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Oil, Gas, Petrochemical and Energy Field Specialized Channel

BP Eyes Smaller Renewable Investments to Avoid Repeating Losses

Some of those investments failed to pan out and BP in 2011 wrote off its solar business.

BP is focusing on smaller investments in renewable energy to avoid large losses in the sector like those it suffered earlier in the decade, Chief Executive Bob Dudley said on Wednesday.

The logo of BP is seen at a petrol station in Kloten, Switzerland October 3, 2017. REUTERS/Arnd Wiegmann

BP and peers including Royal Dutch Shell and Total have recognized the need to reduce carbon emissions in the fight against global warming. But their investment in renewables remains tiny compared to the oil and gas businesses.

“We’re making smarter, in many cases, smaller bets, and making more of them across a wider range of technologies and business models,” Dudley said in a speech at the Oil & Money conference.

“Rather than bolting on a whole series of low-carbon businesses, as we have in the past, we’re building low carbon into what we do.”

BP made a number of large investments in solar power, wind farms in the United States, carbon-capturing technology and biofuels in the 2000s under the leadership of John Browne, who sought to rebrand the company as “Beyond Petroleum”.

Some of those investments failed to pan out and BP in 2011 wrote off its solar business. Still, BP is today the biggest wind operator among the world’s top oil and gas companies.

“We continue to invest in those businesses and they’re profitable – but it’s fair to say they don’t - as yet - make a material difference to the bottom line.”

“Through these venturing and partnership activities, we are building our understanding so that we can avoid large speculative investments and instead give ourselves as much optionality as possible to back winners as they emerge.”

Dudley reiterated his call for a global price on carbon emissions, which would make cleaner energies, including renewables and gas, more profitable to develop.

“This time the global commitment to action feels different, and the national pledges are a good start. But frankly we need even stronger and clearer signals to create the confidence to invest in and grow low-carbon businesses at scale.” 

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BP Eyes Smaller Renewable Investments to Avoid Repeating Losses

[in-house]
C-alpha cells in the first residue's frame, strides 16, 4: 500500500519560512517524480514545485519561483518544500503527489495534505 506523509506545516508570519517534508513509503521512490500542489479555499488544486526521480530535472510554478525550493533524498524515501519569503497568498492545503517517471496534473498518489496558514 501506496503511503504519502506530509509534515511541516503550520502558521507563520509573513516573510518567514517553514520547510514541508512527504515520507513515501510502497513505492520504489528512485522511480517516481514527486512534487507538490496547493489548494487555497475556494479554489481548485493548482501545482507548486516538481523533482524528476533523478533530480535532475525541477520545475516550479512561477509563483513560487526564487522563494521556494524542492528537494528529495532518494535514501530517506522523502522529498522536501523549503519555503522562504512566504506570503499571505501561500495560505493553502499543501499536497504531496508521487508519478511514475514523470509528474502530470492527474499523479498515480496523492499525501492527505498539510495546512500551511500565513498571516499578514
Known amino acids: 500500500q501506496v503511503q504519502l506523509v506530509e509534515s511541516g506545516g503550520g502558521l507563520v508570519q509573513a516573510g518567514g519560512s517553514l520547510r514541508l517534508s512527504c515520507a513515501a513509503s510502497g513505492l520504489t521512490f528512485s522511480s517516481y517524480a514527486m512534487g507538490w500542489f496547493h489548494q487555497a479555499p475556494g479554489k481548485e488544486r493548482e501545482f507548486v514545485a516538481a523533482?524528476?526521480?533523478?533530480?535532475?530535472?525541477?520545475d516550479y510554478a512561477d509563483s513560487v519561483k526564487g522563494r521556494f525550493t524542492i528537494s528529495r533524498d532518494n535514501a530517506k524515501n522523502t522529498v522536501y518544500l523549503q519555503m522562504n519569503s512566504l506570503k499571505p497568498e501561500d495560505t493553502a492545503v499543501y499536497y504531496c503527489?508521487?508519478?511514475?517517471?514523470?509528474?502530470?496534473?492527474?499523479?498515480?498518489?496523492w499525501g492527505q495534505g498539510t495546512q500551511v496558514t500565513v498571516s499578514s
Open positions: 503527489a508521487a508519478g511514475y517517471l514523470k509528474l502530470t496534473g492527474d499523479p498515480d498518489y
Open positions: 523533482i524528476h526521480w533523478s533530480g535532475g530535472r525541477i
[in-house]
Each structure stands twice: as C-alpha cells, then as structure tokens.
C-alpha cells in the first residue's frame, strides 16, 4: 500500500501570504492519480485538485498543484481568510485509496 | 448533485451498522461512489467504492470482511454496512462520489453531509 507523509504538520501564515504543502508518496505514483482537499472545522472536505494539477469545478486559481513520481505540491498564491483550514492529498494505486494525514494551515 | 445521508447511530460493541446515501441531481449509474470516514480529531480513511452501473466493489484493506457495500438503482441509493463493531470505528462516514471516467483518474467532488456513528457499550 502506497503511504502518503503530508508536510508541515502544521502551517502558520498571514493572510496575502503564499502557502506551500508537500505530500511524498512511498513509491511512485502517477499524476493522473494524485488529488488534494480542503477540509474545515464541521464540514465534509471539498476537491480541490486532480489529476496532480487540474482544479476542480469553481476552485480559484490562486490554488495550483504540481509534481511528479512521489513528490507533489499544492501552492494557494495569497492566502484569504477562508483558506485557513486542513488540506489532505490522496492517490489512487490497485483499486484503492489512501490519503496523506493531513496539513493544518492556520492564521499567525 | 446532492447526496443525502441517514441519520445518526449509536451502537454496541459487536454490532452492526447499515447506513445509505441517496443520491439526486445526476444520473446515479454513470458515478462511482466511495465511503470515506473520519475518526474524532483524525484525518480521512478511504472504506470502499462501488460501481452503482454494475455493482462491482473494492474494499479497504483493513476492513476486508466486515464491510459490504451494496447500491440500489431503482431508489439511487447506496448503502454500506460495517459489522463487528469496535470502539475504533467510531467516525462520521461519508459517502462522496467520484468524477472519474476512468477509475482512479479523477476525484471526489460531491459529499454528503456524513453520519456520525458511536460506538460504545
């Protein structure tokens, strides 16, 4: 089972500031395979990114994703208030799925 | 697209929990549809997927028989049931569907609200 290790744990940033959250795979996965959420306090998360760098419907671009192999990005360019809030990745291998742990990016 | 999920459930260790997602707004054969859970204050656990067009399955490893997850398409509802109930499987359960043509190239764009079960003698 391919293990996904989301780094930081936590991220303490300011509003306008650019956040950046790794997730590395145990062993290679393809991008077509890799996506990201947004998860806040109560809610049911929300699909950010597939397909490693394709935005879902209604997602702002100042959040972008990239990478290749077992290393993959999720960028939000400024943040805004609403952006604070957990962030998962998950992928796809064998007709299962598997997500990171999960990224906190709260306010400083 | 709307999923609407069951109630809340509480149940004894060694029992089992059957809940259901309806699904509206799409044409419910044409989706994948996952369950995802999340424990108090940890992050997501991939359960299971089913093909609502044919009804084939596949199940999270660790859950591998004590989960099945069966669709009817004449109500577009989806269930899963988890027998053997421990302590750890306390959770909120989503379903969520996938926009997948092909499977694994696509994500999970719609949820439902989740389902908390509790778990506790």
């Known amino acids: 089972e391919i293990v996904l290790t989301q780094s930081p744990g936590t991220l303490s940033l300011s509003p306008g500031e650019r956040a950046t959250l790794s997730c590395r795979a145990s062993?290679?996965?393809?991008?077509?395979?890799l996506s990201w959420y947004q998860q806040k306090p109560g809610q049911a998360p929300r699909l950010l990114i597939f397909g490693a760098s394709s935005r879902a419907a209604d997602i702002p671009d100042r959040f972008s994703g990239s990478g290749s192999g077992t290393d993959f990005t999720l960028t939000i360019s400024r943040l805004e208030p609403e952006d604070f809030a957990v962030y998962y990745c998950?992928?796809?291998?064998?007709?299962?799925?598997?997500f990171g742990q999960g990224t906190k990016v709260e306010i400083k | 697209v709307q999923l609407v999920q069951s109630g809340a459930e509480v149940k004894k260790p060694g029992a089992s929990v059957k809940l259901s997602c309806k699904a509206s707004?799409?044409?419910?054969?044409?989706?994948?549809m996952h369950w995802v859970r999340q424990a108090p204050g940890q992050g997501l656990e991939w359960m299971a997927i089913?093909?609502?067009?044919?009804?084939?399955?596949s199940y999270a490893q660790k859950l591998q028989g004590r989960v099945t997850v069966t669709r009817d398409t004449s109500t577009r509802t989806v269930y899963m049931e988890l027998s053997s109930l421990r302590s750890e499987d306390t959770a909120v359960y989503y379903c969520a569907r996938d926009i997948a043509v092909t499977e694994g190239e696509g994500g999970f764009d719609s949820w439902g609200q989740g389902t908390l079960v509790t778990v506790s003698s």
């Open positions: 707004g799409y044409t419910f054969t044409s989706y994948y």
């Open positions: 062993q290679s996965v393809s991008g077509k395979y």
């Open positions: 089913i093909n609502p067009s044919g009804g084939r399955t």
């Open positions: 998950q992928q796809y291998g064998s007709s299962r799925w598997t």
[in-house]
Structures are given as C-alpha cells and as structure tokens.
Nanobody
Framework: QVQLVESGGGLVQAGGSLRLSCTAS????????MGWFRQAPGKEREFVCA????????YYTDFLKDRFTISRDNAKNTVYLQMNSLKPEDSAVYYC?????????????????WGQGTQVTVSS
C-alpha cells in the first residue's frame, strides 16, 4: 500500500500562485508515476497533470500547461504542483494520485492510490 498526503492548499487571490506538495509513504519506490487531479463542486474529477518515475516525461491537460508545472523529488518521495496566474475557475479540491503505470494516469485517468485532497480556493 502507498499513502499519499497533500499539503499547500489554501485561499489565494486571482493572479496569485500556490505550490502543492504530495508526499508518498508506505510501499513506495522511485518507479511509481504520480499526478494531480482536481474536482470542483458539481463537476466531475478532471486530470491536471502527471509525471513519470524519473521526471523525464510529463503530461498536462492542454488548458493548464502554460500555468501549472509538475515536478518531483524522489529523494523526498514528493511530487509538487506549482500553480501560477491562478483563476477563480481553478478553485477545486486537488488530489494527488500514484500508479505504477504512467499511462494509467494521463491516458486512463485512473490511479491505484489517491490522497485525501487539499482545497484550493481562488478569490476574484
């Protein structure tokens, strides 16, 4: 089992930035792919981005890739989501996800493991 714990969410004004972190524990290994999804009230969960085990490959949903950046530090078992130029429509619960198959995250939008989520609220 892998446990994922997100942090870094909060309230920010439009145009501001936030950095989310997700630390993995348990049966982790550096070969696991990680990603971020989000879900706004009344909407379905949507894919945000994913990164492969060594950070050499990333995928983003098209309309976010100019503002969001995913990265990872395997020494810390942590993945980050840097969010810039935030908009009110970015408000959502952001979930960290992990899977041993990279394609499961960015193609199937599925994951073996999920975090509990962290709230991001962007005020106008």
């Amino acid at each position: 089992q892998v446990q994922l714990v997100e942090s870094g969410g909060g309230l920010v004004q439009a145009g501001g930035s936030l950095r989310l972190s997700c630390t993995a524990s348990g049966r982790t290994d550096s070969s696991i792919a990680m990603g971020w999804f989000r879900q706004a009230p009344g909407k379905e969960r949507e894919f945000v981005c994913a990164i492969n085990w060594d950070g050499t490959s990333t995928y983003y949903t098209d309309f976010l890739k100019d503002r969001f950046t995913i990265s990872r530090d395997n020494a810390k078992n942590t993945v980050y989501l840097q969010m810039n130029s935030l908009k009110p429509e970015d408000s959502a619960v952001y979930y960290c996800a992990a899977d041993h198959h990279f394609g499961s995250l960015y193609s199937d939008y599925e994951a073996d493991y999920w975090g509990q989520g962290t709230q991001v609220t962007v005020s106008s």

Some of those investments failed to pan out and BP in 2011 wrote off its solar business.
Parvin Faghfouri Azar
BP is focusing on smaller investments in renewable energy to avoid large losses in the sector like those it suffered earlier in the decade, Chief Executive Bob Dudley said on Wednesday.The logo of BP is seen at a petrol station in Kloten, Switzerland October 3, 2017. REUTERS/Arnd WiegmannBP and peers including Royal Dutch Shell and Total have recognized the need to reduce carbon emissions in the fight against global warming. But their investment in renewables remains tiny compared to the oil and gas businesses.“We’re making smarter, in many cases, smaller bets, and making more of them across a wider range of technologies and business models,” Dudley said in a speech at the Oil & Money conference.“Rather than bolting on a whole series of low-carbon businesses, as we have in the past, we’re building low carbon into what we do.”BP made a number of large investments in solar power, wind farms in the United States, carbon-capturing technology and biofuels in the 2000s under the leadership of John Browne, who sought to rebrand the company as “Beyond Petroleum”.Some of those investments failed to pan out and BP in 2011 wrote off its solar business. Still, BP is today the biggest wind operator among the world’s top oil and gas companies.“We continue to invest in those businesses and they’re profitable – but it’s fair to say they don’t - as yet - make a material difference to the bottom line.”“Through these venturing and partnership activities, we are building our understanding so that we can avoid large speculative investments and instead give ourselves as much optionality as possible to back winners as they emerge.”Dudley reiterated his call for a global price on carbon emissions, which would make cleaner energies, including renewables and gas, more profitable to develop.“This time the global commitment to action feels different, and the national pledges are a good start. But frankly we need even stronger and clearer signals to create the confidence to invest in and grow low-carbon businesses at scale.” 
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